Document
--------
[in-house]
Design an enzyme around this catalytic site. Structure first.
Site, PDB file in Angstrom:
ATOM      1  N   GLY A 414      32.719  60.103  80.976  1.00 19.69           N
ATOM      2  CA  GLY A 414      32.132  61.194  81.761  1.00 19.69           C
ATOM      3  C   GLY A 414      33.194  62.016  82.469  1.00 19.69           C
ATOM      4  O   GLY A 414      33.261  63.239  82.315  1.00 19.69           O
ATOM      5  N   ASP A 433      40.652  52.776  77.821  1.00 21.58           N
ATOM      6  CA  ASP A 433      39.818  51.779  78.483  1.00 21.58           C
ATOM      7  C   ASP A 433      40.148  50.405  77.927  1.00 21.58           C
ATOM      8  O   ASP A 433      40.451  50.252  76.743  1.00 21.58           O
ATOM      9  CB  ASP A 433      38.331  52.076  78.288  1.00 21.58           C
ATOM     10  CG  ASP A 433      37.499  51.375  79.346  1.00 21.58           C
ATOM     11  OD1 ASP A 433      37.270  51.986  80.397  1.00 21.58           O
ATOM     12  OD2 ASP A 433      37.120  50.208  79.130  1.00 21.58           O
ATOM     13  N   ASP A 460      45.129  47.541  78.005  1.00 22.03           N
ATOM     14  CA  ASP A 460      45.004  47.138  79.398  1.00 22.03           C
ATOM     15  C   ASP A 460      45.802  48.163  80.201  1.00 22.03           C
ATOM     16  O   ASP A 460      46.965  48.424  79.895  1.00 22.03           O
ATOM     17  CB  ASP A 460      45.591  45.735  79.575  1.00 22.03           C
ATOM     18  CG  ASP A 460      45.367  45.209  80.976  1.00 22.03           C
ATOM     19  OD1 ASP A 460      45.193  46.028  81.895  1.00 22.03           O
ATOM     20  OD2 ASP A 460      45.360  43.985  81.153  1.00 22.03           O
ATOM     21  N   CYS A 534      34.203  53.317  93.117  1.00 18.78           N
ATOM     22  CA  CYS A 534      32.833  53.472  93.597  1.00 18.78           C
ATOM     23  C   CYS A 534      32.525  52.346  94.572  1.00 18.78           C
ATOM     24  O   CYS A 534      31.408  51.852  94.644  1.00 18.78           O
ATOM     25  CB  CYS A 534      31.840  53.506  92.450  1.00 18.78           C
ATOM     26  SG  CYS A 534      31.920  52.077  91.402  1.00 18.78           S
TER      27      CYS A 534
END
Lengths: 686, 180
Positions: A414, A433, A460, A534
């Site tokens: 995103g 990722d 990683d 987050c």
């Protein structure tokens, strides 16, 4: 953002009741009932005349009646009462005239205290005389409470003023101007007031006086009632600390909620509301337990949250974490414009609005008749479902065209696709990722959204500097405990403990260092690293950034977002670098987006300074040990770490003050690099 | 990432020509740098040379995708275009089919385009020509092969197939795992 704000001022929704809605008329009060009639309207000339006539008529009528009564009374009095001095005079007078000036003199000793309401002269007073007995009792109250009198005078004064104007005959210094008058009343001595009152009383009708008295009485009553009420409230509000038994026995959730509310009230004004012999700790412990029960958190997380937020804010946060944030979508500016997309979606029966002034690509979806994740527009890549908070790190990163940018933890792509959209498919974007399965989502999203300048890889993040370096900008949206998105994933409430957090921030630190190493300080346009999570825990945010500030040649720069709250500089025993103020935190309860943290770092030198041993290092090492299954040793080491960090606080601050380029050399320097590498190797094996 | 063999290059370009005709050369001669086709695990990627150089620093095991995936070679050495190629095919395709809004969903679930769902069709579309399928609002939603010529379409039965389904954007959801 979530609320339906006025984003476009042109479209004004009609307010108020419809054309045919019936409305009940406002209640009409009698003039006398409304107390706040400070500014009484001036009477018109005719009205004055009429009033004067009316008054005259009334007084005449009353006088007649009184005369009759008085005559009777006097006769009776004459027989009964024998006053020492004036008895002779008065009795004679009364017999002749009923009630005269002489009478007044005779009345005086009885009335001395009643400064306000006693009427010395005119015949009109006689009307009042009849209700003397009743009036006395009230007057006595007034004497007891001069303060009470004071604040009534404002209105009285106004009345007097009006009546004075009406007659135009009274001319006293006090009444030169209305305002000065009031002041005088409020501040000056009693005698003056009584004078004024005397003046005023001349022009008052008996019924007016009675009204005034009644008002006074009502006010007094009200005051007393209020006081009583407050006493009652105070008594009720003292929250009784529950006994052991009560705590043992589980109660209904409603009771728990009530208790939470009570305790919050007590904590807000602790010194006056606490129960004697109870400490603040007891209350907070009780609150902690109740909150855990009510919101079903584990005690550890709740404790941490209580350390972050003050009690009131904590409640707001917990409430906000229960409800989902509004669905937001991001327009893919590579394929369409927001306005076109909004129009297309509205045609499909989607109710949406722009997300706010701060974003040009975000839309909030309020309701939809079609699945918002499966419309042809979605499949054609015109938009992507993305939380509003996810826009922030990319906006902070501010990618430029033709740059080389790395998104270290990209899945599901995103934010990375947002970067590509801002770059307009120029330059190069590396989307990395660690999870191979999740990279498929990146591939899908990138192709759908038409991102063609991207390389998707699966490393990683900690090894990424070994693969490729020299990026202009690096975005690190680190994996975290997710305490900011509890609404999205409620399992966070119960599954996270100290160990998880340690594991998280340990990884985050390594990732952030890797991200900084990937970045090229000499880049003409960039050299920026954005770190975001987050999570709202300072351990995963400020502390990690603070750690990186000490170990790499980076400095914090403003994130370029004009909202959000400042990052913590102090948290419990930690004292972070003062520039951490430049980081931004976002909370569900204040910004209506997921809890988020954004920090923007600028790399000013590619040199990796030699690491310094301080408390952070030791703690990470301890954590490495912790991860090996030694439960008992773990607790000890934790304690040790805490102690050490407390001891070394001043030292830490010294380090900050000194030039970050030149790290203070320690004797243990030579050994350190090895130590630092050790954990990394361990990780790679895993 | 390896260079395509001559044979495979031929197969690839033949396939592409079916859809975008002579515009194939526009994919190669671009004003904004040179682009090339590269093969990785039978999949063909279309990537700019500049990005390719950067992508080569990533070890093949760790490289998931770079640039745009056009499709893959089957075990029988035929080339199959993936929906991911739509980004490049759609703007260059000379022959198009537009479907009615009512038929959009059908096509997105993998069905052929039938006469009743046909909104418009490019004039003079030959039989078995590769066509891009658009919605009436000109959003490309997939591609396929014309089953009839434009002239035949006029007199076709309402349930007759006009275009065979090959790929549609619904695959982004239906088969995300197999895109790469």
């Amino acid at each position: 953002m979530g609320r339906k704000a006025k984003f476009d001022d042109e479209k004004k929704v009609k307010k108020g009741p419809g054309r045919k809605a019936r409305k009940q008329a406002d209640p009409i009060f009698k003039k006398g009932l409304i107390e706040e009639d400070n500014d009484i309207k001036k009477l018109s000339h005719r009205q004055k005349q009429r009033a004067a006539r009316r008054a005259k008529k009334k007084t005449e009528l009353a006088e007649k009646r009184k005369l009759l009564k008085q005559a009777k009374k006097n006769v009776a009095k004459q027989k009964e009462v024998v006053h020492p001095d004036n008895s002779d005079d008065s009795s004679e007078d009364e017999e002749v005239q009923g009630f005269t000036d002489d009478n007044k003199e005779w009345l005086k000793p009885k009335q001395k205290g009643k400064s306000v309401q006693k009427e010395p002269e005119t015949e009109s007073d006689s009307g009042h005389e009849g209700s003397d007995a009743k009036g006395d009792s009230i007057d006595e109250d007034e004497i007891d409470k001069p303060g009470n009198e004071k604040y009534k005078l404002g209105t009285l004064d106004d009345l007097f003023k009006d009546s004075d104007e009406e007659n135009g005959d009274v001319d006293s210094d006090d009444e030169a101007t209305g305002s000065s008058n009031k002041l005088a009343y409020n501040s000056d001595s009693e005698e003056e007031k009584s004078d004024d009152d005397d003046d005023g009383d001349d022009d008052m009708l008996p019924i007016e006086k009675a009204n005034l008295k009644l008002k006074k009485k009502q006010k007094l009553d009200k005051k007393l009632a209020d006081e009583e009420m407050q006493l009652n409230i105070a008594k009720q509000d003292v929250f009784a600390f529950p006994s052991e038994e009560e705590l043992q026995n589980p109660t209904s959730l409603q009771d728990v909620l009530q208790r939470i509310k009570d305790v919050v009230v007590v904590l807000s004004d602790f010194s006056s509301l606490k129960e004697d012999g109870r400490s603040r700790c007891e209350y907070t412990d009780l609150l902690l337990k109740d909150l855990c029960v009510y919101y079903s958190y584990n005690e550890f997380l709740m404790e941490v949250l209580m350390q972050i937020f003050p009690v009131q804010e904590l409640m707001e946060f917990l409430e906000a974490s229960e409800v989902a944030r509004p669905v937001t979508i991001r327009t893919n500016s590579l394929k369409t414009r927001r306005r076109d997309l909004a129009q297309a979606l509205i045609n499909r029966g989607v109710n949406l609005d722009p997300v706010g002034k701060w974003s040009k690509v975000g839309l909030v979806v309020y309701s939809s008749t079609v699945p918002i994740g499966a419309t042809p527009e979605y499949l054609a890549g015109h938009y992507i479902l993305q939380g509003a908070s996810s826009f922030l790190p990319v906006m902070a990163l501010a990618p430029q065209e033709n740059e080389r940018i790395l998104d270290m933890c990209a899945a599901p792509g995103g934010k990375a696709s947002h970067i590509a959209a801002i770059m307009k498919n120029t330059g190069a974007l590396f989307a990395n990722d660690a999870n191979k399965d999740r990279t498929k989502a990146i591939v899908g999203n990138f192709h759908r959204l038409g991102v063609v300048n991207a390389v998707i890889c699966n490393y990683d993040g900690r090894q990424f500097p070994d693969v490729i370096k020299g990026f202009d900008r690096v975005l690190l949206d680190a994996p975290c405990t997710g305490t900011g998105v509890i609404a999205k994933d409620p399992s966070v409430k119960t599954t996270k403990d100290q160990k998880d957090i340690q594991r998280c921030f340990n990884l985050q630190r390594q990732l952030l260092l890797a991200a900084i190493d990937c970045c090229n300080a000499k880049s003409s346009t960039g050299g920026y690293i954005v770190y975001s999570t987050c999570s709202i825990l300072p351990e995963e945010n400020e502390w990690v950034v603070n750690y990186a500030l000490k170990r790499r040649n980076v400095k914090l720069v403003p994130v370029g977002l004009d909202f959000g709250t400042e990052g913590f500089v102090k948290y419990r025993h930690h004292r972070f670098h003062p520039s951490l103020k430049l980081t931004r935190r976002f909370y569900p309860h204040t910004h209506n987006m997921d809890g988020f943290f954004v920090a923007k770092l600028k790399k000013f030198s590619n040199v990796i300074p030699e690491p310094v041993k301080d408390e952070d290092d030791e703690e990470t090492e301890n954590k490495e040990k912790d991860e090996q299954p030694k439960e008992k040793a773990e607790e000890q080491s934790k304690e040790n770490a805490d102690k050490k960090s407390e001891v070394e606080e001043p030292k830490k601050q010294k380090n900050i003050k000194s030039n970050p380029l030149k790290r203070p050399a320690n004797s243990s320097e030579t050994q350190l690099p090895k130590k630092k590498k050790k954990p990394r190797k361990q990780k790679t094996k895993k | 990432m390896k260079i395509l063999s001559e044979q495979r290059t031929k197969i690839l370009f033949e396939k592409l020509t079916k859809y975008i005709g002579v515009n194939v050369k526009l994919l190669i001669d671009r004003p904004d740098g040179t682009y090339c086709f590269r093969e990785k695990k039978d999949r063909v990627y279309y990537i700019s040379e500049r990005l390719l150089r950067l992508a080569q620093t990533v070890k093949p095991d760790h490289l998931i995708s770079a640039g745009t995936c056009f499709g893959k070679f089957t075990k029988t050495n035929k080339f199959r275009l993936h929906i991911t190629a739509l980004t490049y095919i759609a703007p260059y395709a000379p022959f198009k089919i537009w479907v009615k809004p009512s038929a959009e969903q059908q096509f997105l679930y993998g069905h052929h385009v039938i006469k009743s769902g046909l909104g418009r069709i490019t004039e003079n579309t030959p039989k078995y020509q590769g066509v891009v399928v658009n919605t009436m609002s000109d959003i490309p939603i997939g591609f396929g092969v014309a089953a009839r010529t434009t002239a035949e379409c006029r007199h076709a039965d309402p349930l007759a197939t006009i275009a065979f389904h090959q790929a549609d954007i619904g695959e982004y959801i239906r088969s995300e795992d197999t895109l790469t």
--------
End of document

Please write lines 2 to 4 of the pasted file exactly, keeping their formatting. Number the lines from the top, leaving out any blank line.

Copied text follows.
Design an enzyme around this catalytic site. Structure first.
Site, PDB file in Angstrom:
ATOM      1  N   GLY A 414      32.719  60.103  80.976  1.00 19.69           N